And it sounds like nothing else we’ve ever heard
In 1981, the average age of a classical concertgoer was 36. Today, it's 61. Researchers say France must look to America to defuse the demographic timebomb.
A new report suggests the average age of classical ticket-holders has risen by 25 years since the early 1980s, indicating that there are only a few years remaining to reverse the trend of greying patrons.
Sociologist and professor at the University of Limoges, Stéphane Dorin surveyed 5,000 audience members over 110 classical concerts in the country. The research concluded the median age of a classical concert-goer is now 61 years, compared with 36 years in 1981.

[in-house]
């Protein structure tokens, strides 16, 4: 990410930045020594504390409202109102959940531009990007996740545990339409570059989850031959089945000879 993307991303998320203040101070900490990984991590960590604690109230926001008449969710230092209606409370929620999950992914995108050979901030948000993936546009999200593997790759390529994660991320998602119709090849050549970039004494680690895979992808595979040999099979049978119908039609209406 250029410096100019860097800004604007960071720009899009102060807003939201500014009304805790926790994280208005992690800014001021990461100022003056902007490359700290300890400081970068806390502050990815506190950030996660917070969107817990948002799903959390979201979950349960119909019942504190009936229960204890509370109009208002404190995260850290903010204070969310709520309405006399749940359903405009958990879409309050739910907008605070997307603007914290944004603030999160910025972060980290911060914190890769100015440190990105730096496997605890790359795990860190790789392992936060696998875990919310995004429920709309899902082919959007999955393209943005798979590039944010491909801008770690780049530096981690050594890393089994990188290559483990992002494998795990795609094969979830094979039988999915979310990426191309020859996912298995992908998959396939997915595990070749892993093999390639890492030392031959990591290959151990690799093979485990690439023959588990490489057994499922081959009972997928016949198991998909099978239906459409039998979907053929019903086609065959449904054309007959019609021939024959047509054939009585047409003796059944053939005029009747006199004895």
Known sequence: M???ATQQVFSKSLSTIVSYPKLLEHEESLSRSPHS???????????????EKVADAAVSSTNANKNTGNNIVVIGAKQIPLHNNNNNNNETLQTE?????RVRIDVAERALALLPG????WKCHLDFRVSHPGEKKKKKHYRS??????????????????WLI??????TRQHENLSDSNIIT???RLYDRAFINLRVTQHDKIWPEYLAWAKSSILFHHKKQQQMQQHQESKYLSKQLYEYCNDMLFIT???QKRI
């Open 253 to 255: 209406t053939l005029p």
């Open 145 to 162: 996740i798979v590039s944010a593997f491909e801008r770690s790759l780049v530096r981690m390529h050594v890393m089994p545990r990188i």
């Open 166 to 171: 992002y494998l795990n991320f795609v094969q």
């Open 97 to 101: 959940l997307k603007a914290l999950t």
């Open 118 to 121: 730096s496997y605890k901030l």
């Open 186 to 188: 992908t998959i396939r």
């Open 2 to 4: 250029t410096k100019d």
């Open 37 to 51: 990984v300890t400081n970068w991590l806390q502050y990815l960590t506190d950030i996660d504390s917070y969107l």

The study also found a large part of the classical audience consists of fellow musicians. More than half of the audience members have had some form of musical education - a quarter having attended a conservatoire.
Dorin suggests it's important for arts organisations to attract new, younger audience groups from different demographics.
"American orchestras, which are more dependent on private funding, were the first to sound the alarm about the ageing and shrinking of the audience," he says.
Across America and in other parts of Europe, late-night concerts, performances in new venues and programmes tailored for a more general audience have been shown to engage a younger audience. Dorin says such approaches are "currently in their infancy" in France.